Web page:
Five ways the aid system can improve its accountability to affected people

Sattler, M.
Publication language
Date published
05 Apr 2023
Accountability and Participation, Engaging with affected populations, Funding and donors, Humanitarian-development-peace nexus

If efforts to improve accountability to people affected by crises are to finally have a chance at progressing, the humanitarian system needs to organise itself differently. It’s therefore encouraging that the emergency relief coordinator’s new “Flagship Initiative” gives aid leaders in-country the space and flexibility to actually do that – something we’ve found to be critical if this agenda is ever to move forward. As the Flagship Initiative starts to pick up steam, and begins its rollout on the ground, here are five pieces of advice for the aid system, informed by years of listening to crisis-affected people.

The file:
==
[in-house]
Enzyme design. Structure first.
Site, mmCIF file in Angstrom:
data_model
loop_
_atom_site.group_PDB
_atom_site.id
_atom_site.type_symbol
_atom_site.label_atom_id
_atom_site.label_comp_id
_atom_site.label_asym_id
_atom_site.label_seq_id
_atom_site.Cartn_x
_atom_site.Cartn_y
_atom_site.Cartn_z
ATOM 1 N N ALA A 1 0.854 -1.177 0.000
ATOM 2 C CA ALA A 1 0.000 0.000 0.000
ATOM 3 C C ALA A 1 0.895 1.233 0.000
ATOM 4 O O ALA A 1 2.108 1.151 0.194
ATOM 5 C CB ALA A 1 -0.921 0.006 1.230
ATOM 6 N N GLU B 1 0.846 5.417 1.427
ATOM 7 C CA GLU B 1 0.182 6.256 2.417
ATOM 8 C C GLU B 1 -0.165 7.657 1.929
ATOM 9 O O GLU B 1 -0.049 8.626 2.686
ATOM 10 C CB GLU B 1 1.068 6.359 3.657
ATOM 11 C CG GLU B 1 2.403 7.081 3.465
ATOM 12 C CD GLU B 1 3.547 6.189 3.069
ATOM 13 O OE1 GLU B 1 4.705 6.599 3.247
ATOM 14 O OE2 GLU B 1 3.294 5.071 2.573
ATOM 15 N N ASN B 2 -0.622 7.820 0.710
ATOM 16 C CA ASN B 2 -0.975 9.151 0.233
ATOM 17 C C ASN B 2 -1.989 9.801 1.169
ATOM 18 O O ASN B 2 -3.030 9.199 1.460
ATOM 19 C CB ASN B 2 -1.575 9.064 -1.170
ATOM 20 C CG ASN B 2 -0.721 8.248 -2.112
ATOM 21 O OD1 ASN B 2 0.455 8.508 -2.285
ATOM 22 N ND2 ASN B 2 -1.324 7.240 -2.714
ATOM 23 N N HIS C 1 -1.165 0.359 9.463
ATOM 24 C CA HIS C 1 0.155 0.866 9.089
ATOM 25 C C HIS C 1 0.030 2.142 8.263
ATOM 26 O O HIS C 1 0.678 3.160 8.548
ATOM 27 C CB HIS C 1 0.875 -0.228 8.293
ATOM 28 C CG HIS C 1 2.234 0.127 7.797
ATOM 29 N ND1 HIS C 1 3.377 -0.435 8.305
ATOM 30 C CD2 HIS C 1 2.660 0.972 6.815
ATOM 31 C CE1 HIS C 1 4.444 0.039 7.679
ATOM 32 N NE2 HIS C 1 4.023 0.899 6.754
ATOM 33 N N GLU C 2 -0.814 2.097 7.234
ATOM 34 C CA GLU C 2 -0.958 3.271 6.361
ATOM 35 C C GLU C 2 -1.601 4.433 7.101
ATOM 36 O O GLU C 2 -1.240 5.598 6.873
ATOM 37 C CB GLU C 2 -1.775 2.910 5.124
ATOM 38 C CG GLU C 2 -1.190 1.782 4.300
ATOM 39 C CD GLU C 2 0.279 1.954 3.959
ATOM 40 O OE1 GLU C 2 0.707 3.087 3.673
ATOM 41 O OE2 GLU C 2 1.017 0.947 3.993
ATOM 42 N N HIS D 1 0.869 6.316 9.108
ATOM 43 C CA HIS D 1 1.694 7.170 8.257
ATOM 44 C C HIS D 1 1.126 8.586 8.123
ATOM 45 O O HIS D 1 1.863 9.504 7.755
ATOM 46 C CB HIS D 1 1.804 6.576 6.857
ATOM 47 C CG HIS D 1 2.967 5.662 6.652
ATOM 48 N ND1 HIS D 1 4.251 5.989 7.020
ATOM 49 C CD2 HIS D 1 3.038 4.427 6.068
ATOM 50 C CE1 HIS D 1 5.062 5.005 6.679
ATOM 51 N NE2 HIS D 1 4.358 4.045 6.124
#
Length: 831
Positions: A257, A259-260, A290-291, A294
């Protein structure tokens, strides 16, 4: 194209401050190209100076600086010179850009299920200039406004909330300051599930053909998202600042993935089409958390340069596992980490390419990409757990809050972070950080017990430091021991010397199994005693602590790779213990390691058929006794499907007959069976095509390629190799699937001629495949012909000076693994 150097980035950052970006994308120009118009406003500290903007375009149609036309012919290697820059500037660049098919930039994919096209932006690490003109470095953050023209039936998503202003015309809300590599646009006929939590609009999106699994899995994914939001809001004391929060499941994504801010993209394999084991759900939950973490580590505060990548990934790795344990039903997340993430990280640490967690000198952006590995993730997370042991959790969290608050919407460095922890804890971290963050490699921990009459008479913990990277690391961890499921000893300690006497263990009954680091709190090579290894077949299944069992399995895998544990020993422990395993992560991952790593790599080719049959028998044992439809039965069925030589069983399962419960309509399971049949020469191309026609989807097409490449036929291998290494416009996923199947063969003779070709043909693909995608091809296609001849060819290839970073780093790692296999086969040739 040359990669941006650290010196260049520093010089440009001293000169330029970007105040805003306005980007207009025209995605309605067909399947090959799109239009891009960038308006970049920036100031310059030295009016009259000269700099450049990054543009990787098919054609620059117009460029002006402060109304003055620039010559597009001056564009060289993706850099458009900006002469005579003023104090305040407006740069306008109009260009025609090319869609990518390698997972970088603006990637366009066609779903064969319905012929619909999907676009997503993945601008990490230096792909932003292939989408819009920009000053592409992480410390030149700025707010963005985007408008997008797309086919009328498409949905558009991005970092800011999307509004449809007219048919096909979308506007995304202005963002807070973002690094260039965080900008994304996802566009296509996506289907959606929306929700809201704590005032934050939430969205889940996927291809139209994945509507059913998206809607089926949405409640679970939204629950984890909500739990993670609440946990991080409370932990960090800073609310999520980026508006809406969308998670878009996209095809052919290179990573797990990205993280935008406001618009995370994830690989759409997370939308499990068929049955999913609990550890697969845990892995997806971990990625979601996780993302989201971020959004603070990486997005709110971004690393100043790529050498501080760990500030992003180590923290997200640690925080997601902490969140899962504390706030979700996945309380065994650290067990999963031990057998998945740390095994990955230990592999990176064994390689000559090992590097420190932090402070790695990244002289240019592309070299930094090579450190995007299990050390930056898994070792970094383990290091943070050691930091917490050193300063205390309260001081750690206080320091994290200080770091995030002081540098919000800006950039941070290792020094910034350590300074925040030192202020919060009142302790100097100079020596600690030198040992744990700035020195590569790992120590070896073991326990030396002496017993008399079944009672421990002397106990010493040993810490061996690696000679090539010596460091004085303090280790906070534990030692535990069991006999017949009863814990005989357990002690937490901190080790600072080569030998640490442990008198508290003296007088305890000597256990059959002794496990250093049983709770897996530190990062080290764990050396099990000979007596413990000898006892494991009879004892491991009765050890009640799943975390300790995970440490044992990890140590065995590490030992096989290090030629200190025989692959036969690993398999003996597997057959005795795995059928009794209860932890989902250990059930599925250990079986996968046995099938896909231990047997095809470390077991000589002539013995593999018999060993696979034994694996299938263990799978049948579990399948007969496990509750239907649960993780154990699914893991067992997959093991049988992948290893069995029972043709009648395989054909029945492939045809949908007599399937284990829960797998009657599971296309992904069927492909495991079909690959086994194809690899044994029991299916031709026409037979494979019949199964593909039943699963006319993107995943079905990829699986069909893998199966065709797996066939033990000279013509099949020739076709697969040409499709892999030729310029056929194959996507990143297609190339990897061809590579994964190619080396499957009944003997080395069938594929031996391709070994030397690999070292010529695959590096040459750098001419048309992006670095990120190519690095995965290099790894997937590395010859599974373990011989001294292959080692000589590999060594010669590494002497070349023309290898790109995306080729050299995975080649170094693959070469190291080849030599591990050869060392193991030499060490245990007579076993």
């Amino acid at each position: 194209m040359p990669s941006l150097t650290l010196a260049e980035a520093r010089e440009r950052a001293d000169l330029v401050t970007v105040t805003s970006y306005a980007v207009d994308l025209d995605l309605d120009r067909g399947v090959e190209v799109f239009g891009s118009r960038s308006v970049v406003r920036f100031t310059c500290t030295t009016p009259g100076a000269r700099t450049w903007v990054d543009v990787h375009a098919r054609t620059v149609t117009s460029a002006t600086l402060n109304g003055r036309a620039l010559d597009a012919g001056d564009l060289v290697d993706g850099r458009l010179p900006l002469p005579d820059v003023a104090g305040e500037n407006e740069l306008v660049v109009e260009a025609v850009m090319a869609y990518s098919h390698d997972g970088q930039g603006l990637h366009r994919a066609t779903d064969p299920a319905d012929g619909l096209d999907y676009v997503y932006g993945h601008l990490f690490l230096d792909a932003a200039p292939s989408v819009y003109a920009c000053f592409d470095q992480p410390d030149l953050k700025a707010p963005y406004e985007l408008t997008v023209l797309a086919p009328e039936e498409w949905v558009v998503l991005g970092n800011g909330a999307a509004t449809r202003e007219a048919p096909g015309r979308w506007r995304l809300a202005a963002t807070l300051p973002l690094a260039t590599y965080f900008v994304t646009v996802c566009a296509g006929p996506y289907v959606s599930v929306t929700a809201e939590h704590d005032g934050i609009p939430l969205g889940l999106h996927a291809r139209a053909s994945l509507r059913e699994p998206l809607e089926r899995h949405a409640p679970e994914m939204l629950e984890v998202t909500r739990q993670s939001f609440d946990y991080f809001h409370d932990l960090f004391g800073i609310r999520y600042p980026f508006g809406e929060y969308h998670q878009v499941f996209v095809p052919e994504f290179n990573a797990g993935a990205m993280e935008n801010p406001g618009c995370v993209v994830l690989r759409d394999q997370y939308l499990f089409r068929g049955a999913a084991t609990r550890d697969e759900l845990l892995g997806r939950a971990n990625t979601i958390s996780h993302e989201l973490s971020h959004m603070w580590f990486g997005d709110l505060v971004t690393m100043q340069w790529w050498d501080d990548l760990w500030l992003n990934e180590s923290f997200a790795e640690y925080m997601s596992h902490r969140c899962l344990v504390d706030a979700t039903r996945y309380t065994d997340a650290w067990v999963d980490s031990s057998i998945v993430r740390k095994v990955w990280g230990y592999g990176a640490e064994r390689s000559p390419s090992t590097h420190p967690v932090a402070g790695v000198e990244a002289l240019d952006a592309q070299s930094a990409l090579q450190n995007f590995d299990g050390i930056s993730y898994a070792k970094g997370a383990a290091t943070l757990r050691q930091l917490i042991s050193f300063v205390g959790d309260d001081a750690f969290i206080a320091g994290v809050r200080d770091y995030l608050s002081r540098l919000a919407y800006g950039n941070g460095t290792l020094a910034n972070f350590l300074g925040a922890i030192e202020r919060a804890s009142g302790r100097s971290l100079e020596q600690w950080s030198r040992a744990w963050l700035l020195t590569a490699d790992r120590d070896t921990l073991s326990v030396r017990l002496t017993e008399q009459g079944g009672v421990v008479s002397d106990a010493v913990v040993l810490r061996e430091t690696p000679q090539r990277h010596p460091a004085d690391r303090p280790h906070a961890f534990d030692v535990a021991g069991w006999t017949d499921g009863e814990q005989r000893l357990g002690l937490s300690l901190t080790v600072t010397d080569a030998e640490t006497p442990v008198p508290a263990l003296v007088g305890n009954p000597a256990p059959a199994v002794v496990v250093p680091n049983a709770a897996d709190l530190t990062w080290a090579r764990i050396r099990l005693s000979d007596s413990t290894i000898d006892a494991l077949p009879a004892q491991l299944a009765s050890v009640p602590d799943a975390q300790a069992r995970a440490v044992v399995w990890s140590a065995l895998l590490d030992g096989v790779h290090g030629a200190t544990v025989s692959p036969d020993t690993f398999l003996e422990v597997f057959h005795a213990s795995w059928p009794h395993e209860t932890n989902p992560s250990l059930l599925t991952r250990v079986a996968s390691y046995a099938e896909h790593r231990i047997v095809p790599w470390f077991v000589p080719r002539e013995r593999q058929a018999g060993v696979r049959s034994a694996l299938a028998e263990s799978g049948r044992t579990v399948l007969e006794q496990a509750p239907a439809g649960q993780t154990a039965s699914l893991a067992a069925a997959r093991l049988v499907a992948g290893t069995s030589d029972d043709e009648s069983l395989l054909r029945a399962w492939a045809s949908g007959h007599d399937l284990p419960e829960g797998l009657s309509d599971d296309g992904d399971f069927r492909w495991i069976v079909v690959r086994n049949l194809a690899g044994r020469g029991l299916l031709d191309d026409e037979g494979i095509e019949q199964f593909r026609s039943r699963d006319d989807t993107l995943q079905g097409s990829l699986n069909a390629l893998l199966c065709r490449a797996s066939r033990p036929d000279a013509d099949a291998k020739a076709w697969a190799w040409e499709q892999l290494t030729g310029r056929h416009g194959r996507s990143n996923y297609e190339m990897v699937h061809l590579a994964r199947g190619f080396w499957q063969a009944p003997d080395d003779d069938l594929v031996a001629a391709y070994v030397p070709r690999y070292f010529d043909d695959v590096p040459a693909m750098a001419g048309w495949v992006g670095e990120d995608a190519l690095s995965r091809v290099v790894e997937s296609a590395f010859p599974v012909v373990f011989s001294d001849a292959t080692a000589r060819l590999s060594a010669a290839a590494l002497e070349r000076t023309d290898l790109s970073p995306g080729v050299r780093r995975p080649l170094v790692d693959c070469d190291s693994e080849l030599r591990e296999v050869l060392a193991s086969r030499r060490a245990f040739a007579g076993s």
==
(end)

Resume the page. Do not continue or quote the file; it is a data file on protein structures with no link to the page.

1. Think – and act – long term

  2. Stop with the catch-all assessments; focus on people’s capacities and priorities instead

  3. Don’t mistake reactive complaints and feedback mechanisms for accountability

  4. Don’t let aid protocols and standards get in the way of what communities say they want

  5. No regulation, no reform